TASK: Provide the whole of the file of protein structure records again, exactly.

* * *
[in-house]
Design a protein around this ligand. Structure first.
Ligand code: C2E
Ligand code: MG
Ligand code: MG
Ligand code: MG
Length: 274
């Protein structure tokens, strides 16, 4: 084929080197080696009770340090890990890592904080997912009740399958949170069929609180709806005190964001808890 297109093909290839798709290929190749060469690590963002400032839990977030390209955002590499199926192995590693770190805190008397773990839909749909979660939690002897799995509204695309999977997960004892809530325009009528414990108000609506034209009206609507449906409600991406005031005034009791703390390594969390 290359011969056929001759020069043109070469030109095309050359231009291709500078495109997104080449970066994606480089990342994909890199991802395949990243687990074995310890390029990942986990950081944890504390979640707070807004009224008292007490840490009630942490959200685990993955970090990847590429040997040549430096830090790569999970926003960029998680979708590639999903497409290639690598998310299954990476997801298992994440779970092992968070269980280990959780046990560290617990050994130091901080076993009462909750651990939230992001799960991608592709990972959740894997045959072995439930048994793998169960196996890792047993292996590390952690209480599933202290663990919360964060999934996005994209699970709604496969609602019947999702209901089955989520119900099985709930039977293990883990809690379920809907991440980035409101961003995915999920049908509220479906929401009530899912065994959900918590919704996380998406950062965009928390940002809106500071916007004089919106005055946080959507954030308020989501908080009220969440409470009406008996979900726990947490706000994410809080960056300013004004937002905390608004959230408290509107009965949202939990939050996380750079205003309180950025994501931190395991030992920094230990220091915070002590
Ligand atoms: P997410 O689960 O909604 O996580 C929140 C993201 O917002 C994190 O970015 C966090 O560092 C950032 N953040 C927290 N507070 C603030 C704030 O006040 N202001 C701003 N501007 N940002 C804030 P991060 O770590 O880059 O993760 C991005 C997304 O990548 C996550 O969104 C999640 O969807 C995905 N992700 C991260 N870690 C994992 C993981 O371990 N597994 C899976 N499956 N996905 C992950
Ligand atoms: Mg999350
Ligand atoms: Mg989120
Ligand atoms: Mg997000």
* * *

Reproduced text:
[in-house]
Design a protein around this ligand. Structure first.
Ligand code: C2E
Ligand code: MG
Ligand code: MG
Ligand code: MG
Length: 274
């Protein structure tokens, strides 16, 4: 084929080197080696009770340090890990890592904080997912009740399958949170069929609180709806005190964001808890 297109093909290839798709290929190749060469690590963002400032839990977030390209955002590499199926192995590693770190805190008397773990839909749909979660939690002897799995509204695309999977997960004892809530325009009528414990108000609506034209009206609507449906409600991406005031005034009791703390390594969390 290359011969056929001759020069043109070469030109095309050359231009291709500078495109997104080449970066994606480089990342994909890199991802395949990243687990074995310890390029990942986990950081944890504390979640707070807004009224008292007490840490009630942490959200685990993955970090990847590429040997040549430096830090790569999970926003960029998680979708590639999903497409290639690598998310299954990476997801298992994440779970092992968070269980280990959780046990560290617990050994130091901080076993009462909750651990939230992001799960991608592709990972959740894997045959072995439930048994793998169960196996890792047993292996590390952690209480599933202290663990919360964060999934996005994209699970709604496969609602019947999702209901089955989520119900099985709930039977293990883990809690379920809907991440980035409101961003995915999920049908509220479906929401009530899912065994959900918590919704996380998406950062965009928390940002809106500071916007004089919106005055946080959507954030308020989501908080009220969440409470009406008996979900726990947490706000994410809080960056300013004004937002905390608004959230408290509107009965949202939990939050996380750079205003309180950025994501931190395991030992920094230990220091915070002590
Ligand atoms: P997410 O689960 O909604 O996580 C929140 C993201 O917002 C994190 O970015 C966090 O560092 C950032 N953040 C927290 N507070 C603030 C704030 O006040 N202001 C701003 N501007 N940002 C804030 P991060 O770590 O880059 O993760 C991005 C997304 O990548 C996550 O969104 C999640 O969807 C995905 N992700 C991260 N870690 C994992 C993981 O371990 N597994 C899976 N499956 N996905 C992950
Ligand atoms: Mg999350
Ligand atoms: Mg989120
Ligand atoms: Mg997000």